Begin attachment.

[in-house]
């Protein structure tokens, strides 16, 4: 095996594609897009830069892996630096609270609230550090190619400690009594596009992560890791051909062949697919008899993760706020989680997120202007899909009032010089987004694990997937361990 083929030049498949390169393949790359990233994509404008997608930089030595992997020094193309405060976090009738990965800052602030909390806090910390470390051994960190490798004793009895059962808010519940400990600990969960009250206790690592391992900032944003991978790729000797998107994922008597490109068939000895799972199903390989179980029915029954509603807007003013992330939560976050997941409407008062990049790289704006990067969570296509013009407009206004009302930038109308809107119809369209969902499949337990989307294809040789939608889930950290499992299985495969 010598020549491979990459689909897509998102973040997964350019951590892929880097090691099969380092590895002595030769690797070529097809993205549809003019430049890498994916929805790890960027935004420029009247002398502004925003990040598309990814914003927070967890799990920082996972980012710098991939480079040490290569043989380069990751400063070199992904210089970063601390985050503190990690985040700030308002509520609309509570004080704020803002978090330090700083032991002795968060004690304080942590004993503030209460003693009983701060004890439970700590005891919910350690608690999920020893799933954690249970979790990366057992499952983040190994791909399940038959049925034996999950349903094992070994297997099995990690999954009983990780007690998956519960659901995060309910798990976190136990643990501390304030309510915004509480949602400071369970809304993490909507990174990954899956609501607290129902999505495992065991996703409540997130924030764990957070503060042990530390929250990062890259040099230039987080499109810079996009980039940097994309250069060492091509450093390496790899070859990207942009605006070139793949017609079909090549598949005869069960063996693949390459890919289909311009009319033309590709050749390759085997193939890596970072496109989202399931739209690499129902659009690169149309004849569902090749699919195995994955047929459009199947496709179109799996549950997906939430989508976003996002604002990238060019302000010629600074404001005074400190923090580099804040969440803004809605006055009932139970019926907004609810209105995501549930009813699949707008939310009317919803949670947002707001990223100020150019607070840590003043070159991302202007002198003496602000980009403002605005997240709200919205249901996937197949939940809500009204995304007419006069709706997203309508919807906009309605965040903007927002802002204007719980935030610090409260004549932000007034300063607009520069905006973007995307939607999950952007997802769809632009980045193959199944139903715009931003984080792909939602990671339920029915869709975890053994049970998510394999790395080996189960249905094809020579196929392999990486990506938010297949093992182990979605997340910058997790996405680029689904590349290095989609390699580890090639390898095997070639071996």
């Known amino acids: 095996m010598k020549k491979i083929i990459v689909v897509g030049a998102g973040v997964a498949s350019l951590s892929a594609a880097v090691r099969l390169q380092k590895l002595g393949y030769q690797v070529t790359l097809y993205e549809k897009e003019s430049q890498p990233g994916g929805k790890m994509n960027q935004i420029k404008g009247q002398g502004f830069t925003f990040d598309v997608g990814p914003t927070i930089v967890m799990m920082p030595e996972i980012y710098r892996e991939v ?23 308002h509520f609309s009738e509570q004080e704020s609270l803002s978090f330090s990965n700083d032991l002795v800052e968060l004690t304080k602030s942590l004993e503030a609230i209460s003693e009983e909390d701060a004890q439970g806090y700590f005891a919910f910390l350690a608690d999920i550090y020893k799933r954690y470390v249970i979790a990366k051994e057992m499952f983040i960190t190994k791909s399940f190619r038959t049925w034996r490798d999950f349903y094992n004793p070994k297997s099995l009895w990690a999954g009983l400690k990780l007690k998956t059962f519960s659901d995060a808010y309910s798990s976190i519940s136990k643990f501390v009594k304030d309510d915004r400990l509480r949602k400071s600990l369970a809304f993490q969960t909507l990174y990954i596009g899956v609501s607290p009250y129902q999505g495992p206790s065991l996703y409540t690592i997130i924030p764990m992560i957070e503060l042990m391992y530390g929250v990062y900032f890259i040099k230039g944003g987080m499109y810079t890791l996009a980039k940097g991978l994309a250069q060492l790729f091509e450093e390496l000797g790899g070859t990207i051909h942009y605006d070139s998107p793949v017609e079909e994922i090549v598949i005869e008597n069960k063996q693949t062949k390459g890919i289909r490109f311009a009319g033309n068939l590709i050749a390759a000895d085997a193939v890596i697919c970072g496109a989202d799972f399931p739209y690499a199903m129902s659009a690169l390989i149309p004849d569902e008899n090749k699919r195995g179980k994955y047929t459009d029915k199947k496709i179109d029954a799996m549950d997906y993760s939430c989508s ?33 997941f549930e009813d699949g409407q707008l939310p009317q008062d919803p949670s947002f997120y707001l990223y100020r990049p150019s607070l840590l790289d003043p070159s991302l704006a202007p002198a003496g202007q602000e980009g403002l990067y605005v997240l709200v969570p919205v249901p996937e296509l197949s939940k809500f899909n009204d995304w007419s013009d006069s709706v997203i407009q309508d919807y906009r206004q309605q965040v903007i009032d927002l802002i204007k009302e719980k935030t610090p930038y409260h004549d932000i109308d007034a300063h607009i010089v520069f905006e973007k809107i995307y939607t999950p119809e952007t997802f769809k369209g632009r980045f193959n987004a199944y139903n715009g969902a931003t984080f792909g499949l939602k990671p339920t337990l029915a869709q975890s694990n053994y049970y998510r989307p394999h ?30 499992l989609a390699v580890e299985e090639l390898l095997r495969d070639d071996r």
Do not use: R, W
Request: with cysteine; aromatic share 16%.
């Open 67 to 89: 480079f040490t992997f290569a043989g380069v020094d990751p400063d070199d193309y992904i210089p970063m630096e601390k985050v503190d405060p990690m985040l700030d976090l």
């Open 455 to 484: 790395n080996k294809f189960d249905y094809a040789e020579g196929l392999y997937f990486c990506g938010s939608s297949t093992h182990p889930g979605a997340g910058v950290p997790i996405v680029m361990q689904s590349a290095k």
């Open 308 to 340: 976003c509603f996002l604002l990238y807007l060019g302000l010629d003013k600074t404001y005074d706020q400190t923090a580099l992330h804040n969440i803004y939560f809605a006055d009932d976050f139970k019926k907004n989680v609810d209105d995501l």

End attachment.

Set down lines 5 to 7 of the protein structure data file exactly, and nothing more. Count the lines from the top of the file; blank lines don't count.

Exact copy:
Request: with cysteine; aromatic share 16%.
């Open 67 to 89: 480079f040490t992997f290569a043989g380069v020094d990751p400063d070199d193309y992904i210089p970063m630096e601390k985050v503190d405060p990690m985040l700030d976090l």
């Open 455 to 484: 790395n080996k294809f189960d249905y094809a040789e020579g196929l392999y997937f990486c990506g938010s939608s297949t093992h182990p889930g979605a997340g910058v950290p997790i996405v680029m361990q689904s590349a290095k």